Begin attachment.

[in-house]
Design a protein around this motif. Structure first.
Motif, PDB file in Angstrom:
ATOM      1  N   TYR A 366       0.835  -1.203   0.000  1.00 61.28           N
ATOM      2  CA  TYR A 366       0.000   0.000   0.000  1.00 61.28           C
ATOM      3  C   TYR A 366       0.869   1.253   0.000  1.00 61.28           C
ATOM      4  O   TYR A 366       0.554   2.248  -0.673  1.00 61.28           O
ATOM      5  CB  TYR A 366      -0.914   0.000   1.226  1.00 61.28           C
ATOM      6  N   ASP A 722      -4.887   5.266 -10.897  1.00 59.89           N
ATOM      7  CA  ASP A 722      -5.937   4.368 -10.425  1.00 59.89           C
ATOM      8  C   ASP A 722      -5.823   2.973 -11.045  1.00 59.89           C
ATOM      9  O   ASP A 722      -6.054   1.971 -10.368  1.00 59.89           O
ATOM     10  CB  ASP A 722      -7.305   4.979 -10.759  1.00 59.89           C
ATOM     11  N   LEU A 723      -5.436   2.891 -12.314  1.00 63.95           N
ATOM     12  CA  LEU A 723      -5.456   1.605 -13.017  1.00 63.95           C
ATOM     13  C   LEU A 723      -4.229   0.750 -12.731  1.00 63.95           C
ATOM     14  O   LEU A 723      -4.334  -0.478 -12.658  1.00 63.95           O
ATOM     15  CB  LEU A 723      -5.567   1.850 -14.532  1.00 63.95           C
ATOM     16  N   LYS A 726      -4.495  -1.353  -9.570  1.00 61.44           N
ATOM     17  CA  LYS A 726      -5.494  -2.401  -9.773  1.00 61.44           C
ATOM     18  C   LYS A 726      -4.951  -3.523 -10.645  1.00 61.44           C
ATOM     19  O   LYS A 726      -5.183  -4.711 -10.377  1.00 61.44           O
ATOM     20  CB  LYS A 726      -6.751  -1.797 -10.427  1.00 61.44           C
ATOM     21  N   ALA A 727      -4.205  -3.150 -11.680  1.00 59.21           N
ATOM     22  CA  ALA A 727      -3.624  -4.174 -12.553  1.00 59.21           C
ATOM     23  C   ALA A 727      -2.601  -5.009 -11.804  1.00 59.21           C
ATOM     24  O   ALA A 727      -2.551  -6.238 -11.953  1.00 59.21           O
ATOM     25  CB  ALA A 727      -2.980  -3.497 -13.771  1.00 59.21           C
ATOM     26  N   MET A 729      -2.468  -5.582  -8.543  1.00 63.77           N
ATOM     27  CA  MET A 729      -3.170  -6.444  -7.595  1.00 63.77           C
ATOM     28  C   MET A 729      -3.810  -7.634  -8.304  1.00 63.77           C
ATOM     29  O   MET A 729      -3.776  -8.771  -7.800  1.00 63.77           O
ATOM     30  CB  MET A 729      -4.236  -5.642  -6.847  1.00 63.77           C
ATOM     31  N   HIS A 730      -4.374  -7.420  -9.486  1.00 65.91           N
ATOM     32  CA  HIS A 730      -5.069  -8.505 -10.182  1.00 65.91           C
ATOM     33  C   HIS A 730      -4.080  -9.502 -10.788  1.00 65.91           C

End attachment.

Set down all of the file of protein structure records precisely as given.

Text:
[in-house]
Design a protein around this motif. Structure first.
Motif, PDB file in Angstrom:
ATOM      1  N   TYR A 366       0.835  -1.203   0.000  1.00 61.28           N
ATOM      2  CA  TYR A 366       0.000   0.000   0.000  1.00 61.28           C
ATOM      3  C   TYR A 366       0.869   1.253   0.000  1.00 61.28           C
ATOM      4  O   TYR A 366       0.554   2.248  -0.673  1.00 61.28           O
ATOM      5  CB  TYR A 366      -0.914   0.000   1.226  1.00 61.28           C
ATOM      6  N   ASP A 722      -4.887   5.266 -10.897  1.00 59.89           N
ATOM      7  CA  ASP A 722      -5.937   4.368 -10.425  1.00 59.89           C
ATOM      8  C   ASP A 722      -5.823   2.973 -11.045  1.00 59.89           C
ATOM      9  O   ASP A 722      -6.054   1.971 -10.368  1.00 59.89           O
ATOM     10  CB  ASP A 722      -7.305   4.979 -10.759  1.00 59.89           C
ATOM     11  N   LEU A 723      -5.436   2.891 -12.314  1.00 63.95           N
ATOM     12  CA  LEU A 723      -5.456   1.605 -13.017  1.00 63.95           C
ATOM     13  C   LEU A 723      -4.229   0.750 -12.731  1.00 63.95           C
ATOM     14  O   LEU A 723      -4.334  -0.478 -12.658  1.00 63.95           O
ATOM     15  CB  LEU A 723      -5.567   1.850 -14.532  1.00 63.95           C
ATOM     16  N   LYS A 726      -4.495  -1.353  -9.570  1.00 61.44           N
ATOM     17  CA  LYS A 726      -5.494  -2.401  -9.773  1.00 61.44           C
ATOM     18  C   LYS A 726      -4.951  -3.523 -10.645  1.00 61.44           C
ATOM     19  O   LYS A 726      -5.183  -4.711 -10.377  1.00 61.44           O
ATOM     20  CB  LYS A 726      -6.751  -1.797 -10.427  1.00 61.44           C
ATOM     21  N   ALA A 727      -4.205  -3.150 -11.680  1.00 59.21           N
ATOM     22  CA  ALA A 727      -3.624  -4.174 -12.553  1.00 59.21           C
ATOM     23  C   ALA A 727      -2.601  -5.009 -11.804  1.00 59.21           C
ATOM     24  O   ALA A 727      -2.551  -6.238 -11.953  1.00 59.21           O
ATOM     25  CB  ALA A 727      -2.980  -3.497 -13.771  1.00 59.21           C
ATOM     26  N   MET A 729      -2.468  -5.582  -8.543  1.00 63.77           N
ATOM     27  CA  MET A 729      -3.170  -6.444  -7.595  1.00 63.77           C
ATOM     28  C   MET A 729      -3.810  -7.634  -8.304  1.00 63.77           C
ATOM     29  O   MET A 729      -3.776  -8.771  -7.800  1.00 63.77           O
ATOM     30  CB  MET A 729      -4.236  -5.642  -6.847  1.00 63.77           C
ATOM     31  N   HIS A 730      -4.374  -7.420  -9.486  1.00 65.91           N
ATOM     32  CA  HIS A 730      -5.069  -8.505 -10.182  1.00 65.91           C
ATOM     33  C   HIS A 730      -4.080  -9.502 -10.788  1.00 65.91           C